These days, almost every sport has its own international tournament. Quadrennially, we have the Winter/Summer Olympics, FIFA World Cup and FIBA Basketball Championships; annually, we’re stuck with the Little League World Series, Winter/Summer X Games and Tour De France. But baseball is a bit different.
It’s always confounding why the MLB named its championship the ‘World Series.’ Because it doesn’t really entail the world at all — at most, you have a significant portion of North America dueling it out for the trophy. Except baseball is an international sport; players come from all over the world to play America’s pastime. Hence why the third ever World Baseball Classic happening this month is such an interesting display of internationalism for the sport.
So here are a few reasons why you should care about the true ‘World Series.’
Baseball is no longer in the Summer Olympics. Therefore, the WBC is the only major international baseball tournament. Additionally, Major League players were unable to play in the Summer Olympics due to the restraints of the regular season. Since the Classic is in March, Major League players are available to play, enabling the competition to be of higher quality.
To the casual baseball fan, they know that the United States, Japan and some Caribbean countries care deeply about baseball. But they probably do not know that Brazil, France, Great Britain, Italy and Israel attempted to qualify for the Classic. The first two tournaments had only had sixteen competing teams. This time around, there were an additional sixteen teams battling for four open spots, with twelve teams already locked in. Brazil, Canada, Chinese Taipei and Spain won their respective qualifiers to enter the main round of competition.
Of course, national pride is always a big selling point among athletes and players. The WBC gives baseball fans an opportunity to feel what soccer fans have been experiencing for a long time with the World Cup. The passion that fills the stadiums when watching the Classic games is different than a typical mid-summer Yankees-Red Sox matchup. Japan desperately wants to beat South Korea. For the United States, losing to Canada and Mexico would be embarrassing. The Classic takes rivalry to a new level.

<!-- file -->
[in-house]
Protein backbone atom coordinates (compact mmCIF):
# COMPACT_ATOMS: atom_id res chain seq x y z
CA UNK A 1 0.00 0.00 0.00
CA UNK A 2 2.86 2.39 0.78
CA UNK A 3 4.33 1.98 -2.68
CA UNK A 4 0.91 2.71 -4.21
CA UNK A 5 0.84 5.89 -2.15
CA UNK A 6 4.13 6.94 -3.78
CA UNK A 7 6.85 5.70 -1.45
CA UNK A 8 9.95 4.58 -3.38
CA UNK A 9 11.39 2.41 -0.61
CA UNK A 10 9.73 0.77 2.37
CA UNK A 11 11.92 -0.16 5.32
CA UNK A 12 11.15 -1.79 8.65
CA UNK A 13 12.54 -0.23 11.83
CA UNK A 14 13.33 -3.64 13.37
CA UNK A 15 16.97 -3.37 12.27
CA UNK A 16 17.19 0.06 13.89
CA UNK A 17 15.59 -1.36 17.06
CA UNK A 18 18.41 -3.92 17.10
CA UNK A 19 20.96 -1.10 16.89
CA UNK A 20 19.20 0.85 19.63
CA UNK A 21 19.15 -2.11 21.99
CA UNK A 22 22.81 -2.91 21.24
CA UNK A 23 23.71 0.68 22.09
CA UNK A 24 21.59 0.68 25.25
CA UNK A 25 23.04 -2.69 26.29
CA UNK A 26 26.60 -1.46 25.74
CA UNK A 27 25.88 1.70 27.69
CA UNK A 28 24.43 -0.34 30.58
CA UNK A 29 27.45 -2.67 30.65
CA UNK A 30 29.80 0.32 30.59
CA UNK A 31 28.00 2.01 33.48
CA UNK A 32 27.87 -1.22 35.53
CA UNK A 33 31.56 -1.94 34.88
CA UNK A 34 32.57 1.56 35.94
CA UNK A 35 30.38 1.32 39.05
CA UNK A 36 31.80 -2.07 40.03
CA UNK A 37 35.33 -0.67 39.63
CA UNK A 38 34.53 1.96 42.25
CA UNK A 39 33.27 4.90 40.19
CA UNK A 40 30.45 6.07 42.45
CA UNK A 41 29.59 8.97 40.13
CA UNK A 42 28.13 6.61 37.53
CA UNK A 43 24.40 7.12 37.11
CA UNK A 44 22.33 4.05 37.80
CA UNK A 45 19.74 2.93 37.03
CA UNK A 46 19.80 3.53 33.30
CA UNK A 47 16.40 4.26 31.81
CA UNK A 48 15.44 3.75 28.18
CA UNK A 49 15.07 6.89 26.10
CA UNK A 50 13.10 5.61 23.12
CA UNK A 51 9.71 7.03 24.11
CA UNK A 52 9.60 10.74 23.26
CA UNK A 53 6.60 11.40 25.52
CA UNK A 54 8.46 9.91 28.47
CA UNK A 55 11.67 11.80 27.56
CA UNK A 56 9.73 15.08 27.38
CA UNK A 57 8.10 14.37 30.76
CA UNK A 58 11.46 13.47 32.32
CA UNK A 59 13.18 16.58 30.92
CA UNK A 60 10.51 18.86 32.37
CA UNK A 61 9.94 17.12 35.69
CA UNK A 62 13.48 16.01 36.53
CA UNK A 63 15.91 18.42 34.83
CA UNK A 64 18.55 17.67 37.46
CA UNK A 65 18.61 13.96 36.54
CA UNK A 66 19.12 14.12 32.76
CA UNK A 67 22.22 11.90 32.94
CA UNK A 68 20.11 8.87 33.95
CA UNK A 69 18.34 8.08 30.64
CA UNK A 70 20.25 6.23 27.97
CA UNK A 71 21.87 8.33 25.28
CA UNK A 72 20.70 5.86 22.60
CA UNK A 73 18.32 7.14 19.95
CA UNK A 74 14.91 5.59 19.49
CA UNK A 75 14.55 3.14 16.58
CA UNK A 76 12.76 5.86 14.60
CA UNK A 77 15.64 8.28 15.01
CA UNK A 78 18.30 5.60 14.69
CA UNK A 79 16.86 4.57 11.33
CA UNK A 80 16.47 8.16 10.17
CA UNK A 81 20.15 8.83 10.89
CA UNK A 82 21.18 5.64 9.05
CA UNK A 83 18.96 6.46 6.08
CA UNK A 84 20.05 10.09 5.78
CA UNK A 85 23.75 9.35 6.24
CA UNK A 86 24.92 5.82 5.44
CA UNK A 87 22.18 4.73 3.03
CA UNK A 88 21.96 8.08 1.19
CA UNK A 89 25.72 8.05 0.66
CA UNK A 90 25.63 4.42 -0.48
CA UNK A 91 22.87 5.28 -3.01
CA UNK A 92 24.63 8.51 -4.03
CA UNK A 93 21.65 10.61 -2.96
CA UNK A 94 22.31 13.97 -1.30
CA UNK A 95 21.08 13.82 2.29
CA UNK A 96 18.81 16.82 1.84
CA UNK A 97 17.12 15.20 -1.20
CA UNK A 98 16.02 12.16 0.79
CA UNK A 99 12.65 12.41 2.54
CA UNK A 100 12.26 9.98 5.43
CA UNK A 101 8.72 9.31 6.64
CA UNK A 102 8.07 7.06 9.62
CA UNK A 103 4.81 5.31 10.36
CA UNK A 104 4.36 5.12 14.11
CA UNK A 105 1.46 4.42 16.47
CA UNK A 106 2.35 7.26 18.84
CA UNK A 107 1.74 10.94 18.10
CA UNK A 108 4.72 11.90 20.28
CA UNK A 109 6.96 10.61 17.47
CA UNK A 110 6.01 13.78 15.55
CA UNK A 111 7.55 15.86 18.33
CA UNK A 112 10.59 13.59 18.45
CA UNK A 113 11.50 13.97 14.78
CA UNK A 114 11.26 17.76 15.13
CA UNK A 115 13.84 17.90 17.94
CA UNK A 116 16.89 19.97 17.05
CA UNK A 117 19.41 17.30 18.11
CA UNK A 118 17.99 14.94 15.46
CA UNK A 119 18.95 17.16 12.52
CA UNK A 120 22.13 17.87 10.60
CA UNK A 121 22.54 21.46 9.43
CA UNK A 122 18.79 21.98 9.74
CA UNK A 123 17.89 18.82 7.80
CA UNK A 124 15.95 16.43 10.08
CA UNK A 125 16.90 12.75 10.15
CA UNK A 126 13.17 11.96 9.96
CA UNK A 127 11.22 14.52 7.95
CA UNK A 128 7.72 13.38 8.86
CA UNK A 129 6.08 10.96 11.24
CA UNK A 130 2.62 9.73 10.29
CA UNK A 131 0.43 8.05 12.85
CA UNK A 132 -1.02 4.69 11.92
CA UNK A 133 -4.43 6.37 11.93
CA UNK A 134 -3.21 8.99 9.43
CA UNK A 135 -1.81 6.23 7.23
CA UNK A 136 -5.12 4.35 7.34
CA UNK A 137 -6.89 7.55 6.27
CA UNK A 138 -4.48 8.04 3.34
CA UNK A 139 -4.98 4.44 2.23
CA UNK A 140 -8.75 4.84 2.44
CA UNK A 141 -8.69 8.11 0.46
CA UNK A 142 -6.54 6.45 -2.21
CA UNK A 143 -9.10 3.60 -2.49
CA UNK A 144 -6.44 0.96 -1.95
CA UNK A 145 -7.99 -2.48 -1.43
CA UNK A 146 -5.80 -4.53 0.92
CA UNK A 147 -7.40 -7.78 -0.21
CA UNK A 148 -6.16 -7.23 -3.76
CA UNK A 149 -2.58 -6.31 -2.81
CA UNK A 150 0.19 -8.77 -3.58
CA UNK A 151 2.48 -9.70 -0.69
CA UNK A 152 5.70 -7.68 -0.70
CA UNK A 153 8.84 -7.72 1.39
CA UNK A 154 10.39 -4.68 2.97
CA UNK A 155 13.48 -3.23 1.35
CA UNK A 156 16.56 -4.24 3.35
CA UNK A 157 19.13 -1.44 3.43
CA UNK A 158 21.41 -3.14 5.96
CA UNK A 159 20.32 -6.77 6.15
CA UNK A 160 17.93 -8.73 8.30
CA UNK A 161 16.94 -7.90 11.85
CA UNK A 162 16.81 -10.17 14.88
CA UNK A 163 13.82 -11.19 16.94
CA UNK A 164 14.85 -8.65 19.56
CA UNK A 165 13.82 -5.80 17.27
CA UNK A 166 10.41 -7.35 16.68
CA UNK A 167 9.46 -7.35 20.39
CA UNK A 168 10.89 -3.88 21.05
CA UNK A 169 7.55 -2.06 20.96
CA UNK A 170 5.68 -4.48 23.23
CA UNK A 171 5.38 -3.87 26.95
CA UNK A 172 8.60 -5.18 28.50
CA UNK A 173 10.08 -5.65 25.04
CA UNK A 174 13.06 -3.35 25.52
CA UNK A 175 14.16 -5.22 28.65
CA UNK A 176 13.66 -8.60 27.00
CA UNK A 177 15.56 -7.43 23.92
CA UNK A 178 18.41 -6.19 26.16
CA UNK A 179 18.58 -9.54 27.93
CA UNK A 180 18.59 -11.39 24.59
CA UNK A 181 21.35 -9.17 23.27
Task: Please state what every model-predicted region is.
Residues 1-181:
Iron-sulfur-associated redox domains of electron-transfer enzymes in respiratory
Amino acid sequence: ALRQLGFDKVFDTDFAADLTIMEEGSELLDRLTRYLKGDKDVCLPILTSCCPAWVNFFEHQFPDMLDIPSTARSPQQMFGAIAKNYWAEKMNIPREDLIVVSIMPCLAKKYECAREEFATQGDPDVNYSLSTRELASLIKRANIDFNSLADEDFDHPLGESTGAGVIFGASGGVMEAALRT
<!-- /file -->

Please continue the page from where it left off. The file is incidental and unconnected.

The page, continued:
The Classic’s timing causes Spring Training to start earlier in February. For the dedicated baseball fan, this is a dream come true — more Spring Training means more baseball. When the players chosen for their respective national teams leave to play, other players are brought in to fill their spots. In the case of Major League players, fans are able to watch Minor League players they would not ordinarily see play in games. This enables fans to gain more knowledge about the players in the future.
One of, if not the best, aspects of the WBC is that the many of the game’s titans are playing against each other. While many players for countries such as the United States and the Dominican Republic choose to stay in their respective team’s training camp, for other countries such as Cuba and Japan, this tournament is culturally important. When else would a player who plays his summer ball in the Major Leagues get to play against somebody from Nippon Professional Baseball in Japan? Also, when do fans get to see international greats play for their national teams in different countries? The World Baseball Classic allows for these moments to happen, furthering the game of baseball as a global sport.
In the coming years, fans will look back on the World Baseball Classic the same way they do on other international sporting events. With so many great players playing at once, this tournament is made for the fans. And, if something remarkable happens in this year’s tournament, whether it’s Japan winning their third Classic in a row or a team that had to qualify for the tournament winning their first Classic, we can look back on it and say we remember it happening in truly classic fashion.